The fifth clay, a floating crosser coming from left-to-right, was intended to look like a duck scouting or skirting the edge of a pond. Graham’s advice: “This isn’t a quick target and using a gentle pull-away on this clay should work well. Most decoyed duck at dusk are shot at fairly close range.”
“Routine is one of the vital aspects of becoming a good Shot”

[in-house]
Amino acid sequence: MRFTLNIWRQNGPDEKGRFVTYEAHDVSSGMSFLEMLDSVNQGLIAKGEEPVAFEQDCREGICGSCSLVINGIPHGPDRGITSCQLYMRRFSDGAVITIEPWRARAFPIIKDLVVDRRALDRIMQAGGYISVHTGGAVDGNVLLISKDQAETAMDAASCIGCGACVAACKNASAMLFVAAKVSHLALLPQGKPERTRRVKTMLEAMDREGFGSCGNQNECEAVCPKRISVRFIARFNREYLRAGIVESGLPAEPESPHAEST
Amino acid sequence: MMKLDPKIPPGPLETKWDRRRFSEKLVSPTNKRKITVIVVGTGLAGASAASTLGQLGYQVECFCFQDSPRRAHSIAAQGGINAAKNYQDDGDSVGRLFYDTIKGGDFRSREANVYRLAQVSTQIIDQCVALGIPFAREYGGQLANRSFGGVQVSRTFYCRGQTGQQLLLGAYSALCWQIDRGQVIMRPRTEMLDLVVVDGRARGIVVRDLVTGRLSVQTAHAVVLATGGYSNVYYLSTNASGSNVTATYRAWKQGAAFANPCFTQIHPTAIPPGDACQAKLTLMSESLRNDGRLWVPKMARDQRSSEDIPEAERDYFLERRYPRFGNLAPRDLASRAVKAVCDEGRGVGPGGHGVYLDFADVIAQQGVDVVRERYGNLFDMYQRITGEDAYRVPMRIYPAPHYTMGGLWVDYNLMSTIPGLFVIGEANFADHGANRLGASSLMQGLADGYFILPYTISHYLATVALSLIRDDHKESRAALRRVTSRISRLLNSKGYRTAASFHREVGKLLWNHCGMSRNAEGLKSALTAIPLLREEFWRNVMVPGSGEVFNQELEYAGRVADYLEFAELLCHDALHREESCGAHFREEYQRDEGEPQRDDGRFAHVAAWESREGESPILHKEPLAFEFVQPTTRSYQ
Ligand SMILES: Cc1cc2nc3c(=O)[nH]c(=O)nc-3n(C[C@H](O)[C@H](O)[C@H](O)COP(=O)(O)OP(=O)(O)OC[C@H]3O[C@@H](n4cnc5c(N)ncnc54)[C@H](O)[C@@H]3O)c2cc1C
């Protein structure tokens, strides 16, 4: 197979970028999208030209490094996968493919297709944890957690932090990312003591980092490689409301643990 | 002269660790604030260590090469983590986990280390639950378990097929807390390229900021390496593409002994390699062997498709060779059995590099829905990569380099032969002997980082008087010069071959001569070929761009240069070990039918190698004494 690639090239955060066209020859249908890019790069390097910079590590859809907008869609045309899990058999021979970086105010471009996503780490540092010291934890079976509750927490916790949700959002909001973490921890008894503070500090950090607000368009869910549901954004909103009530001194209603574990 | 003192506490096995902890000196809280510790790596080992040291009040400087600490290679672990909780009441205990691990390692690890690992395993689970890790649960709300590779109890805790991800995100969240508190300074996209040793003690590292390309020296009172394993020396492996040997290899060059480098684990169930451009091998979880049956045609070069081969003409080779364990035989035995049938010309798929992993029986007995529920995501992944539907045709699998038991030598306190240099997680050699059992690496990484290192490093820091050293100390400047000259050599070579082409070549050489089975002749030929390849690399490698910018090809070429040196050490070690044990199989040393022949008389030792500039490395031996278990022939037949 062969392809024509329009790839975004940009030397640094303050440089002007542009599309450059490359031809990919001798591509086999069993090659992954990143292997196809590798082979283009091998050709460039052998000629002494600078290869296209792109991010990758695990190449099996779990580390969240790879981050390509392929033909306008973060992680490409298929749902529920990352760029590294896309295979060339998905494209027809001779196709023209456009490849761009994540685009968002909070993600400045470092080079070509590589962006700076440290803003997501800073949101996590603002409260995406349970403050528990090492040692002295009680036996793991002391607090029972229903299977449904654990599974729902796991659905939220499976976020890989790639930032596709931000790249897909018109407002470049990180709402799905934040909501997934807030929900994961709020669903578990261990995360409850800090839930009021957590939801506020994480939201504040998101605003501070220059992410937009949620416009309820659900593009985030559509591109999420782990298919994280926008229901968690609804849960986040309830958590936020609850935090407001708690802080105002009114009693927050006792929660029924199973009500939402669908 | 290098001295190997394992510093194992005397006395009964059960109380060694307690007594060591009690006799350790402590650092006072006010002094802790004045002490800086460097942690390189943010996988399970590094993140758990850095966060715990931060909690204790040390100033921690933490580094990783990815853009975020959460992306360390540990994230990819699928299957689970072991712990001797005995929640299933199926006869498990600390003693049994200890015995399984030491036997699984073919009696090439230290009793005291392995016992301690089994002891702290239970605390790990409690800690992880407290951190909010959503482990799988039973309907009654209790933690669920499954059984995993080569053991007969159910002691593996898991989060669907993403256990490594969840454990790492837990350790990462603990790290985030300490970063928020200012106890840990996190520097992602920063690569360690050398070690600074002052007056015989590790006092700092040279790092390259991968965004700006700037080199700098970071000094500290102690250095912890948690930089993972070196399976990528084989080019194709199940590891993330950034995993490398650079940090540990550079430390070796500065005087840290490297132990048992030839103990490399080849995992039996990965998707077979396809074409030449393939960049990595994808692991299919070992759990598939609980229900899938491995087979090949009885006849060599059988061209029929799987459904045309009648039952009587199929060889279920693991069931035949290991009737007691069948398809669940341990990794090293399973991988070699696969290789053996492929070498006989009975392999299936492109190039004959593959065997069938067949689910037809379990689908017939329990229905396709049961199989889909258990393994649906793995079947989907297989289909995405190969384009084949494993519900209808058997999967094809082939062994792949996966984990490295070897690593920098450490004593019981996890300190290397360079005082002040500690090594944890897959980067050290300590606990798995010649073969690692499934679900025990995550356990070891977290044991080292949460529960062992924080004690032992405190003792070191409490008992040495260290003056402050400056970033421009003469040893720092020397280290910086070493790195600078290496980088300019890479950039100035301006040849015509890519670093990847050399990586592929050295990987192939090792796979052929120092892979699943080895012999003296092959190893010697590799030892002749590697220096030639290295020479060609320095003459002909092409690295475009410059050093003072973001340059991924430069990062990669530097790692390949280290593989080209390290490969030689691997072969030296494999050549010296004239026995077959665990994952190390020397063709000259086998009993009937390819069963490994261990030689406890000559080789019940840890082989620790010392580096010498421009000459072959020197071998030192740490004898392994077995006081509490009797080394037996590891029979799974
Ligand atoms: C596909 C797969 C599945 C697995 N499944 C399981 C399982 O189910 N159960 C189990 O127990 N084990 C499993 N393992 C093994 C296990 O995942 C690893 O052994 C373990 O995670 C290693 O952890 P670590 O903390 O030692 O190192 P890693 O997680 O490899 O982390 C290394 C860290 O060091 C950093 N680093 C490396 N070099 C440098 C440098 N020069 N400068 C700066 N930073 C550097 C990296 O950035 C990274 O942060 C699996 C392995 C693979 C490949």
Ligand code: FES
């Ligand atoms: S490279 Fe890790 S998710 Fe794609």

So, did Graham’s range of clays and advice work? Jeremy and Giacomo, accompanied by gamekeeper Bill Smith, headed for their pond with the sun not quite starting to sink. Jeremy had some excellent rubber decoy ducks that were hollow with an open, weighted ring in their bases. When dropped on the pond they filled with air to form a full- bodied decoy that floated merrily on the water. They folded flat when not in use. With the decoys deployed, it was time to set up in the hides and wait to see what dusk brought. Flights of cormorants and some geese passed in the distance and three mallard that had risen when they arrived wheeled high overhead. Dusk came and the birds were late arriving. Finally they came, flickering in the half light. Giacomo scored a teal and mallard, Jeremy a teal, some single mallard and the finale of two shots followed by two thumps in the darkness — a fine left and right at mallard. For novices, their first outing to a flightpond can be daunting. The darkness and unfamiliarity is unsettling. It is important to know exactly where other Guns and their hides are for safety reasons. Also, dress according to the weather and, as Graham advises, if possible practise at a clay ground and don’t rush your shots.